What is the reason behind certain behavior of an individual? What initiates an individual to do something either that is good or bad? How do people succeed in reaching goal? These questions certainly deal with motivation as motivation provides base for a person’s action, desires and needs. Motivation encourages us to move towards certain goals that may be due to rewards, incentives, and or driving forces.
Motivation can be described as a psychological process that causes the excitement, direction and persistence of intended actions that are goal directed (Mitchell, 1982). In other words motivation is the force within an individual that begins, directs and keeps goal oriented behaviours. Morgan (1961) describes the following words as synonyms of motivation and these include wants, strivings, desires, needs, motives, goals, aspiration, drive and aims. Motivation is the wish that helps an individual to do certain things based on the desires and needs. If an individual wants to meet these goals and needs, in that case it requires the person to motivate him or herself in order to make certain moves.
Organizational performance on the other hand refers to the degree to which the organizational objectives have been achieved. Research has shown that motivation in an employee is an important factor which determines his performance. Motivation is the “driving force within individuals” (Mullins, 2007, p. 285). It is the concerned with finding out the reasons which shape and direct the behaviour of the individuals. The people act to achieve something so that they can satisfy some needs (Gitman and Daniel, 2008).
There are 2 types of rewards, intrinsic and extrinsic. Intrinsic rewards are valued benefits that come from the individual such as feelings of satisfaction, achievement and competence. (Boddy 2010, page 471) This is through internal motivation; the sense of satisfaction we experience drives us to do the job well, for example, if we thrive to learn new things, we may feel highly motivated through development and skill utilisation. Completing these tasks can provide us with inner satisfaction and can be a motivating factor. Extrinsic rewards are 'those that are separated by the task, such as pay, security and promotion.'
These factors include responsibility and autonomy. The second theory of motivation originally identified by Herzberg is extrinsic motivation which suggests people are motivated to perform efficiently by a cause of rewards such as pay, promotion, praise and punishment. Extrinsic motivation is immediate and has a powerful effect because this gives individuals the incentive to perform. The person has a sense of value and belonging and this will tend to put the person in a positive and optimistic attitude. Their behaviour may change causing the individual to less likely dwell on pass negatives and less likely opt towards performing
I also There are two types of rewards including intrinsic rewards and extrinsic rewards. The intrinsic rewards involve the internal satisfaction of the individuals after performing well in the tasks or objectives. The extrinsic rewards include bonuses, promotion etc. I also learnt about the different theories presented on the needs. The first theory is hierarchy of needs.
According to Robbins and Judge (2007), they defined motivation as a process that describes the intensity, direction and persistence of effort to achieve a goal. In conjunction with the work environment, Ernest L. McCormick (Mangkunagara, 2002, P94) suggests that work motivation is defined as a condition that affects stimulate, direct and maintain behaviours associated with the work environment. The fact is when employees work they brought the desire, needs, past experiences that make the hope for their work expectations. With motivation, especially motivation to make an achievement will encourage someone to develop the knowledge and ability to achieve better performance. Usually someone who has a strong motivation will have responsibility for generate better performance.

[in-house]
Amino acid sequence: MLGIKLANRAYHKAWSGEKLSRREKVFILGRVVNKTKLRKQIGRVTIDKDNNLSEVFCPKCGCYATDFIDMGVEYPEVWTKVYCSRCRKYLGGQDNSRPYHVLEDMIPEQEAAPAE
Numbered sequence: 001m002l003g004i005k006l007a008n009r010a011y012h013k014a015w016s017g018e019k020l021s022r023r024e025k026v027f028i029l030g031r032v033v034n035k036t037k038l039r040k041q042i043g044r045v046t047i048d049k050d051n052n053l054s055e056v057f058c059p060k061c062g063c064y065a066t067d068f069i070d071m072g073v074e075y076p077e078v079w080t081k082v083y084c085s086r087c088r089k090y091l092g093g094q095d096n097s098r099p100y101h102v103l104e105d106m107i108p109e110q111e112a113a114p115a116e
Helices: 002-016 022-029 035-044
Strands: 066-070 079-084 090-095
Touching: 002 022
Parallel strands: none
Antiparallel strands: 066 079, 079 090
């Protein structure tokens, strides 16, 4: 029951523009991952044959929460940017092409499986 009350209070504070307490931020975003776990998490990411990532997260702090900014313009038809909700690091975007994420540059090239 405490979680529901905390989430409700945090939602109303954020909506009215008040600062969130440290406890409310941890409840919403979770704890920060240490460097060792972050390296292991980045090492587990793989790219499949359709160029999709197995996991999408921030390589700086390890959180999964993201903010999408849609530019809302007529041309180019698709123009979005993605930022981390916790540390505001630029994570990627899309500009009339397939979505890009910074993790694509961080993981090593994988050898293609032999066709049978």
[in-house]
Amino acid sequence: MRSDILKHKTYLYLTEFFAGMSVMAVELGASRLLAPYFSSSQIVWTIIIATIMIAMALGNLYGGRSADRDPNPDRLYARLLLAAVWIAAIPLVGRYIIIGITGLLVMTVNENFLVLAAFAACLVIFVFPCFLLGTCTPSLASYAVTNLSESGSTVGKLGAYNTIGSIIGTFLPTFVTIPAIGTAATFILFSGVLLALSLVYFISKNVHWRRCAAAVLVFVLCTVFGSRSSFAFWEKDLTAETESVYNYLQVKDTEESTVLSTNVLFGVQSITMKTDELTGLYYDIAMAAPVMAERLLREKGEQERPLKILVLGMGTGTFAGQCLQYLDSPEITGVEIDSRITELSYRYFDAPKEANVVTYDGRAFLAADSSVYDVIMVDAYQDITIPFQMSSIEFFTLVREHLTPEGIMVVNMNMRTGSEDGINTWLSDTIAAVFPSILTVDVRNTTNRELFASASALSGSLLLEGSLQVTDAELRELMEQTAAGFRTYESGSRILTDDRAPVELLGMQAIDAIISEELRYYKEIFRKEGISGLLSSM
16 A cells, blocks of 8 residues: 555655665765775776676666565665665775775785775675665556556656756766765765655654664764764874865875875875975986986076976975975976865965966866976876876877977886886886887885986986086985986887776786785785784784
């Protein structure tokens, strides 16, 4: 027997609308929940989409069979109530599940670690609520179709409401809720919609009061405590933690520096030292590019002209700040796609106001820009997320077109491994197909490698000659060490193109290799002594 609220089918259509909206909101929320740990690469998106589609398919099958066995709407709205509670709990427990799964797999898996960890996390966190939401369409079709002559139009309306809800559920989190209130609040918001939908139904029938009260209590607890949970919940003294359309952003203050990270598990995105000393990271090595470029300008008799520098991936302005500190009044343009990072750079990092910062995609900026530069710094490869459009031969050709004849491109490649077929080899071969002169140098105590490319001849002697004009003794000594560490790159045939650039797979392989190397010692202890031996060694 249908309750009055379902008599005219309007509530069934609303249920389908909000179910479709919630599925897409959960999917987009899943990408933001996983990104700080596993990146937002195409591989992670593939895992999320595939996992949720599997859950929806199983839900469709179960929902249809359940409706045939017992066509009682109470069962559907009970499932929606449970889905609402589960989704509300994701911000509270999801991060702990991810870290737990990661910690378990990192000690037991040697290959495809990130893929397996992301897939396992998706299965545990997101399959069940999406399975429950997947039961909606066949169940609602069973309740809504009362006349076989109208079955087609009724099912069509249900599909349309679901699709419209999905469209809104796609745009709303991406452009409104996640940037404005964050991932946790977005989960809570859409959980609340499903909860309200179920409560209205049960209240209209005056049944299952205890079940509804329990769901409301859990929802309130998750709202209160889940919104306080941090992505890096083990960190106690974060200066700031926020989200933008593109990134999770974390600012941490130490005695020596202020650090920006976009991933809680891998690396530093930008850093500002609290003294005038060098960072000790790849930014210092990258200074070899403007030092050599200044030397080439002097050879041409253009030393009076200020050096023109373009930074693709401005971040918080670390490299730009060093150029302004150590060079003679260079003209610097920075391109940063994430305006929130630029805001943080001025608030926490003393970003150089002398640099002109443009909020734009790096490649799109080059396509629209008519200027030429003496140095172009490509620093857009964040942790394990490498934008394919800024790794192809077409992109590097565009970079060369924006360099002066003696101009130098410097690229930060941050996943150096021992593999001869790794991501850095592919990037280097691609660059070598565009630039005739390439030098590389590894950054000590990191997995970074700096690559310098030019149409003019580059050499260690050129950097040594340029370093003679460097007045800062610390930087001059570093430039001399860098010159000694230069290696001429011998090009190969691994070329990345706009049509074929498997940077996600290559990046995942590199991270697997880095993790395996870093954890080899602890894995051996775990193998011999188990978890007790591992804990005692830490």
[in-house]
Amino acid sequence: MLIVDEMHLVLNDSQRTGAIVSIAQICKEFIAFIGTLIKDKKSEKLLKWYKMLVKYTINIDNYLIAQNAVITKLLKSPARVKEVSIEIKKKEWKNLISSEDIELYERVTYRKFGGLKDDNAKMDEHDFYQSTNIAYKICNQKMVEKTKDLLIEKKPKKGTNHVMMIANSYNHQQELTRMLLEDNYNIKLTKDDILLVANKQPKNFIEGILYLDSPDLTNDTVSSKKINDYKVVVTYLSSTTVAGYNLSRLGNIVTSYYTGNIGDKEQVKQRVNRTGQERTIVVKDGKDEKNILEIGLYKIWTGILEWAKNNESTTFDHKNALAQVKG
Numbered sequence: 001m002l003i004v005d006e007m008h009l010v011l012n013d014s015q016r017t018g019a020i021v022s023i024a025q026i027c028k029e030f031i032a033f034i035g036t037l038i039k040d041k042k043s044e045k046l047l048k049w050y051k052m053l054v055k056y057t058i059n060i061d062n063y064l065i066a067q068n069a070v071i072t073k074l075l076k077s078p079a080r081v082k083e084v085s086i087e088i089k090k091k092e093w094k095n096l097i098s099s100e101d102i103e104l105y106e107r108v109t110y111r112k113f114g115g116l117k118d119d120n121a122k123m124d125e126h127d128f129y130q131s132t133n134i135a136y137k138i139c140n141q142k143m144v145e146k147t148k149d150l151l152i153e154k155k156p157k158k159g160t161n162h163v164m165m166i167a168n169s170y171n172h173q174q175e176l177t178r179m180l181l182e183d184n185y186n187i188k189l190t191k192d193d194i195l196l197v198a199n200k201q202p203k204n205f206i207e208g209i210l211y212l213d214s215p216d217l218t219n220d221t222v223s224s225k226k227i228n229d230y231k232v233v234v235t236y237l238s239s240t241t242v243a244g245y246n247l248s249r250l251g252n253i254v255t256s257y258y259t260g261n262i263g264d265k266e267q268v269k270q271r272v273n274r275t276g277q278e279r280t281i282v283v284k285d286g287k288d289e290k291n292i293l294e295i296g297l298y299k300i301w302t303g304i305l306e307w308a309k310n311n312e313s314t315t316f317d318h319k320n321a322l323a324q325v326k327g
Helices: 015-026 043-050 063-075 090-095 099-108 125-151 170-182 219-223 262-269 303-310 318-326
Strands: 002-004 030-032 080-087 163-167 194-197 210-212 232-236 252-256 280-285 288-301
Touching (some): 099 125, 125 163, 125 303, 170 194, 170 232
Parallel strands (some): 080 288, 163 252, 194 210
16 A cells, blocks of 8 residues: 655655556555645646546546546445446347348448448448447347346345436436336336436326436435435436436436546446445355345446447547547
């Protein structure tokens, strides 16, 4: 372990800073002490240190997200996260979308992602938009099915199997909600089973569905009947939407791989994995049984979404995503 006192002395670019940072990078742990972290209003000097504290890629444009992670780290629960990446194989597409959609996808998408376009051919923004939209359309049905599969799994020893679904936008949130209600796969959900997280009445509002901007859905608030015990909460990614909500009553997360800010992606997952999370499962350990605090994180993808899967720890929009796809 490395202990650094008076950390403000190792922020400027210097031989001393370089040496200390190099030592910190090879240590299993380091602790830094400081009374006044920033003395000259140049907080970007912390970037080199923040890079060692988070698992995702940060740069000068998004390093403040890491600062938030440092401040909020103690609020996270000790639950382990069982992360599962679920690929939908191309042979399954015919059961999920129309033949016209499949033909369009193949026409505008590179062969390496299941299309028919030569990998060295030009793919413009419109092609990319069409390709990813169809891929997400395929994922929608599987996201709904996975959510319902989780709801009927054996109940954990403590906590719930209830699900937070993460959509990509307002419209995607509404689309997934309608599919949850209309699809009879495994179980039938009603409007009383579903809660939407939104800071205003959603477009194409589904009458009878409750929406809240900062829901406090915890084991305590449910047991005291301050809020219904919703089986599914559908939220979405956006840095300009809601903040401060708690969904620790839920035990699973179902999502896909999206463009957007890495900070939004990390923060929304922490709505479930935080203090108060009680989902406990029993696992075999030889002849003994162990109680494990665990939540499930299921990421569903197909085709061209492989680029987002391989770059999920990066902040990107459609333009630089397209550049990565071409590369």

This form of reward is in the form of VIP access, giving the employees power, promotions, or offering trips or getaways. These types of rewards give the employers something to look forward to, it also gives them a new exciting opportunity. Privileges and rewarding events fall into the esteem need of Maslow’s Hierarchy of Needs. This form of reward also falls into the Herzberg’s Two-Factor Theory, relating to motivators. The reward acts as a motivator where it gives people reinforcement for a job well done and interesting work or responsibility.
Process Theories examine the way people go about selecting rewards with which to meet needs. The application of motivation ideas is illustrated in job design and other motivational programs. Managers can change the structure of work to meet employee’s high-level needs. In all of these, the person’s perception is central. How they are meaning to the results of their work is the key to explaining their motivation.
Their motivated people will work in better performance so that they bring you good product quality, and customer satisfaction as your further profit or reputation. Secondly, A motivator could be a reward, a situation, or a person, but no matter what it is, it has to contain three beliefs; Expectancy, Instrumentality, and Valence. This calls Expectancy theory. When people believe that they can achieve that goal and are capa... ... middle of paper ... ... as understanding their requirement to the work, I will offer that help each career achievement. To give them opportunities that enjoyable or will be able to construct the skills they want will gain loyalty or motivation.